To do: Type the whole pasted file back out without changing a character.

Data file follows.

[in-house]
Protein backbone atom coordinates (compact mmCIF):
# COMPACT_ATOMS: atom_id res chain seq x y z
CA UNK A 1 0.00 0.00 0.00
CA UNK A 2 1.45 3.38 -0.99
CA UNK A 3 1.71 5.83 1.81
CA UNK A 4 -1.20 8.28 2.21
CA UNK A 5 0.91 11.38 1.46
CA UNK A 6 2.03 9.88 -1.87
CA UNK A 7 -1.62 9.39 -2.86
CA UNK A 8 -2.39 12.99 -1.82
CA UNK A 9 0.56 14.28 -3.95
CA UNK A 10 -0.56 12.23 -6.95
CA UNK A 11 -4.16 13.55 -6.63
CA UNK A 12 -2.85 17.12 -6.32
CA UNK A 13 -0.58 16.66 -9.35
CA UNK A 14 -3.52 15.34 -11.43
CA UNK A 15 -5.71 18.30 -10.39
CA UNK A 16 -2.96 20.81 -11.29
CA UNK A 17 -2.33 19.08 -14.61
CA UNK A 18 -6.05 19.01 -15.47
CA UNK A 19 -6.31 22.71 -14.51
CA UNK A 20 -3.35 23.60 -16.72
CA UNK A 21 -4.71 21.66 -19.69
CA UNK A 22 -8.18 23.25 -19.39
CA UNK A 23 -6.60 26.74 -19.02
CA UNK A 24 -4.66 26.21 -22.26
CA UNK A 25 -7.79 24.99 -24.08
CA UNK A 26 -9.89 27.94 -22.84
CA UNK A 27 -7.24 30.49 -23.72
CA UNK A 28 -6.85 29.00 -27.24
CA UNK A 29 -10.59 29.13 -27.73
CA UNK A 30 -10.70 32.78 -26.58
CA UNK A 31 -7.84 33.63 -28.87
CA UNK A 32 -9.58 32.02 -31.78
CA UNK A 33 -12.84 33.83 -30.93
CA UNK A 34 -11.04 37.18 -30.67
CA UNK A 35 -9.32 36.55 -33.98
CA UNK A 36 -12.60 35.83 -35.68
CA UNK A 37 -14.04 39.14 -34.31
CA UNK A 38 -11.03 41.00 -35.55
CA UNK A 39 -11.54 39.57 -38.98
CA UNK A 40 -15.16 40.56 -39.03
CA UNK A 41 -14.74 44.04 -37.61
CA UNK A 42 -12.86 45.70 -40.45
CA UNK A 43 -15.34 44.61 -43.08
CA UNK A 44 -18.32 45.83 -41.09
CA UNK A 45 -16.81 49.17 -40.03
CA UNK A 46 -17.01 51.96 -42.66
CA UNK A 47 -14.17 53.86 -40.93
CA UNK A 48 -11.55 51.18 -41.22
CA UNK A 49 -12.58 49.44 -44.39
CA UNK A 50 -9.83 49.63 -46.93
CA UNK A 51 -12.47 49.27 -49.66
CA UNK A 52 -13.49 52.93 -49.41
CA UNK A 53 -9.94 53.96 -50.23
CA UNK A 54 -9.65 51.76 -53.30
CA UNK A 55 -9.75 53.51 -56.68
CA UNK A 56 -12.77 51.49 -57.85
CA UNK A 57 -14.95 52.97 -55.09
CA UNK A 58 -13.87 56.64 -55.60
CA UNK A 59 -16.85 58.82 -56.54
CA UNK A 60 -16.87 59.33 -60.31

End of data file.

[in-house]
Protein backbone atom coordinates (compact mmCIF):
# COMPACT_ATOMS: atom_id res chain seq x y z
CA UNK A 1 0.00 0.00 0.00
CA UNK A 2 1.45 3.38 -0.99
CA UNK A 3 1.71 5.83 1.81
CA UNK A 4 -1.20 8.28 2.21
CA UNK A 5 0.91 11.38 1.46
CA UNK A 6 2.03 9.88 -1.87
CA UNK A 7 -1.62 9.39 -2.86
CA UNK A 8 -2.39 12.99 -1.82
CA UNK A 9 0.56 14.28 -3.95
CA UNK A 10 -0.56 12.23 -6.95
CA UNK A 11 -4.16 13.55 -6.63
CA UNK A 12 -2.85 17.12 -6.32
CA UNK A 13 -0.58 16.66 -9.35
CA UNK A 14 -3.52 15.34 -11.43
CA UNK A 15 -5.71 18.30 -10.39
CA UNK A 16 -2.96 20.81 -11.29
CA UNK A 17 -2.33 19.08 -14.61
CA UNK A 18 -6.05 19.01 -15.47
CA UNK A 19 -6.31 22.71 -14.51
CA UNK A 20 -3.35 23.60 -16.72
CA UNK A 21 -4.71 21.66 -19.69
CA UNK A 22 -8.18 23.25 -19.39
CA UNK A 23 -6.60 26.74 -19.02
CA UNK A 24 -4.66 26.21 -22.26
CA UNK A 25 -7.79 24.99 -24.08
CA UNK A 26 -9.89 27.94 -22.84
CA UNK A 27 -7.24 30.49 -23.72
CA UNK A 28 -6.85 29.00 -27.24
CA UNK A 29 -10.59 29.13 -27.73
CA UNK A 30 -10.70 32.78 -26.58
CA UNK A 31 -7.84 33.63 -28.87
CA UNK A 32 -9.58 32.02 -31.78
CA UNK A 33 -12.84 33.83 -30.93
CA UNK A 34 -11.04 37.18 -30.67
CA UNK A 35 -9.32 36.55 -33.98
CA UNK A 36 -12.60 35.83 -35.68
CA UNK A 37 -14.04 39.14 -34.31
CA UNK A 38 -11.03 41.00 -35.55
CA UNK A 39 -11.54 39.57 -38.98
CA UNK A 40 -15.16 40.56 -39.03
CA UNK A 41 -14.74 44.04 -37.61
CA UNK A 42 -12.86 45.70 -40.45
CA UNK A 43 -15.34 44.61 -43.08
CA UNK A 44 -18.32 45.83 -41.09
CA UNK A 45 -16.81 49.17 -40.03
CA UNK A 46 -17.01 51.96 -42.66
CA UNK A 47 -14.17 53.86 -40.93
CA UNK A 48 -11.55 51.18 -41.22
CA UNK A 49 -12.58 49.44 -44.39
CA UNK A 50 -9.83 49.63 -46.93
CA UNK A 51 -12.47 49.27 -49.66
CA UNK A 52 -13.49 52.93 -49.41
CA UNK A 53 -9.94 53.96 -50.23
CA UNK A 54 -9.65 51.76 -53.30
CA UNK A 55 -9.75 53.51 -56.68
CA UNK A 56 -12.77 51.49 -57.85
CA UNK A 57 -14.95 52.97 -55.09
CA UNK A 58 -13.87 56.64 -55.60
CA UNK A 59 -16.85 58.82 -56.54
CA UNK A 60 -16.87 59.33 -60.31